Monday, August 23rd, 2010
Here’s an interesting article in the New York Times about the failure of one of hundreds of drugs designed to slow the decline of Alzheimer’s. Eli Lilly recently halted their extensive and expensive trial of semagacestat becaue the drug was actually making patients worse.
Lilly spent hundreds of millions on this drug, the Times reports—and it is one of hundreds of experimental drugs attempting to lower the accumulation of beta amyloid, a toxic protein, in the brain.
The trouble is, we don’t know for sure that this is what causes, or helps to cause Alzheimer’s. The Times quotes a researcher who explains that we don’t know what the drug targets for Alzheimer’s disease are. “We don’t know because we don’t know the causes of Alzheimer’s.”
Advances have been made recently in tests (PET scans of amyloid plaques, and cerebrospinal fluid tests) that detect amyloid accumulation well before the appearance of Alzheimer’s symptoms. Sitting on the beach recently with LL, my daughter-in-law, I suggested that I’d probably be a good candidate for such tests. I’m 67, and both my father and my mother’s mother had some kind of dementia, so it’s on both sides of my family. LL, who’s a savvy GP, said, “But why would you want to? They might diagnose it correctly, but they can’t help you.”
I wasn’t really considering such tests, it was just a notion. I remain both fatalistic and optimistic. I see no reason to worry right now—but in the long run it doesn’t look good for most of us. If we live long enough, the likelihood of some dementia is large.
I go back often to Peter Whitehouse’s book, The Myth of Alzhehimer’s. (You can read a review of it on the Sidebar page, Other Alzheimer’s Memoirs—even though it’s not a memoir.) Whitehouse, one of the original and influential researchers of the disease, points how how long we have been studying dementia, and how little we are absolutely sure of. As Whitehouse puts it (this is from my review), “most people in the Alzheimer’s empire know that ‘there is no singular disease called “AD,” and that it is a complex, scientifically imprecise social construct that may never be cured.’ And because of this, we would do better to focus our efforts on enlightened care than to pour all our money and attention into finding a cure for this little-understood disease—if indeed Alzheimer’s is a disease at all, rather than simply an effect of brain aging.”
The failure off the Lilly drug, semagacestat, is another setback in a vital field of study. I’m hoping for better discoveries, but so far I remain fatalistic about a stunning chemical solution.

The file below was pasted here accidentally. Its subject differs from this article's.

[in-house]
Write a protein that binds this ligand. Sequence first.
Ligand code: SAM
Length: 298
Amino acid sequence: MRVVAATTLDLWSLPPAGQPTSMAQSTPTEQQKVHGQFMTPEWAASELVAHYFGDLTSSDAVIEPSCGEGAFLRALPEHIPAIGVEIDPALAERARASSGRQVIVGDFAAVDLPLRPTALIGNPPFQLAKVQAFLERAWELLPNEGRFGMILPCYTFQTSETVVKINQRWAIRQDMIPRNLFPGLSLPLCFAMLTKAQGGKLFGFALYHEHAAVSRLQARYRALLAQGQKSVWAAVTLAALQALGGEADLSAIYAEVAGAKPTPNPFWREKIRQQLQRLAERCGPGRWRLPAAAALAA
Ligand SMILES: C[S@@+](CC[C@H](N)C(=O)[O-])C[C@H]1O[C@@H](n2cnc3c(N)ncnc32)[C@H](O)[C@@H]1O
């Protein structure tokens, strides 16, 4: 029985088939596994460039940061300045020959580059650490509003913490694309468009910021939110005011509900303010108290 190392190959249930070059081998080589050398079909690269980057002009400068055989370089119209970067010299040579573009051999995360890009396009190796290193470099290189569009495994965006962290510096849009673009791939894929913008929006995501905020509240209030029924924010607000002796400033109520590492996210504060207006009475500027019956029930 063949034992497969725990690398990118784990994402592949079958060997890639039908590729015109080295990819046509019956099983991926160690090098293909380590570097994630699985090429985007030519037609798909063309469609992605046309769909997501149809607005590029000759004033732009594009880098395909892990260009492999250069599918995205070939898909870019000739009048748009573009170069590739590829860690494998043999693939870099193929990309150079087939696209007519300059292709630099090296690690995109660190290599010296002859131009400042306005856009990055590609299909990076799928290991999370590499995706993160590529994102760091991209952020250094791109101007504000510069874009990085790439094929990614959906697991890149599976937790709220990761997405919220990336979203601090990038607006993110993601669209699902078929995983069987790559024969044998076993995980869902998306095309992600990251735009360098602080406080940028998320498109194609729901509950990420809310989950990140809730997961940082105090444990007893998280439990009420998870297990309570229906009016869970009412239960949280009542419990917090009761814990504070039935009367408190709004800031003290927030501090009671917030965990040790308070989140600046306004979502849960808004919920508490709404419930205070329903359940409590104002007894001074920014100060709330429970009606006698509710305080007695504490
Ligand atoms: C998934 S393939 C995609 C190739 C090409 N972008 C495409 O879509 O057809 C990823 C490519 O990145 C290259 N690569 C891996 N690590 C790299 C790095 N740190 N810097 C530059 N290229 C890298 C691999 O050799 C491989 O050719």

At the same time, I’m never fatalistic about what caregivers can do. Every day, in a hundred ways, a caregiver can do a better job, can make things easier, can lift up those who are declining and dying.
Monday, August 16th, 2010
I’ve read a hundred articles and books about dying. The best of them all is Atul Gawande’s piece in the August 2nd New Yorker, “Letting Go,” in which he writes about the choice that must sometimes be made between fighting to stay alive (or keep a patient alive), and accepting an approaching death.
Gawande is brilliant. I called up his father here in Athens, Ohio (Ram Gawande was my urologist before he retired) to tell him I think his son is a genius, and to ask how Atul managed to write one fascinating article after another for the New Yorker, even as he carried on a full surgical practice in Boston. “He’s very busy,” Ram said.
Busy and focused and the best medical writer we have. “Letting Go,” subtitled “What should medicine do when it can’t save your life?”, is subtle and painful. At the heart of it is that meeting (if it ever occurs), in which a doctor tells a patient that there is nothing that can be done to help or cure his disease. That almost no hope remains.
Of course there is always some hope. Miracles have happened, and we’ve all heard stories about them. The problem is that in pursuing yet another chemotherapy regimen or series of radiation treatments, we sometimes overwhelm the patient, keep her in the hospital when she might be at home with her family, make her last days a nightmare of mechanical ventilators, electrical defibrillations and feeding tubes. As Gawande writes:
“Spending one’s final days in an I.C.U. because of terminal illness is for most people a kind of failure. You lie on a ventilator, your every organ shutting down, your mind teetering on delirium and permanently beyond realizing that you will never leave this borrowed, fluorescent place. The end comes with no chance for you to have said goodbye or ‘It’s O.K.’ or ‘I’m sorry’ or ‘I love you.’”
You can read the full article here.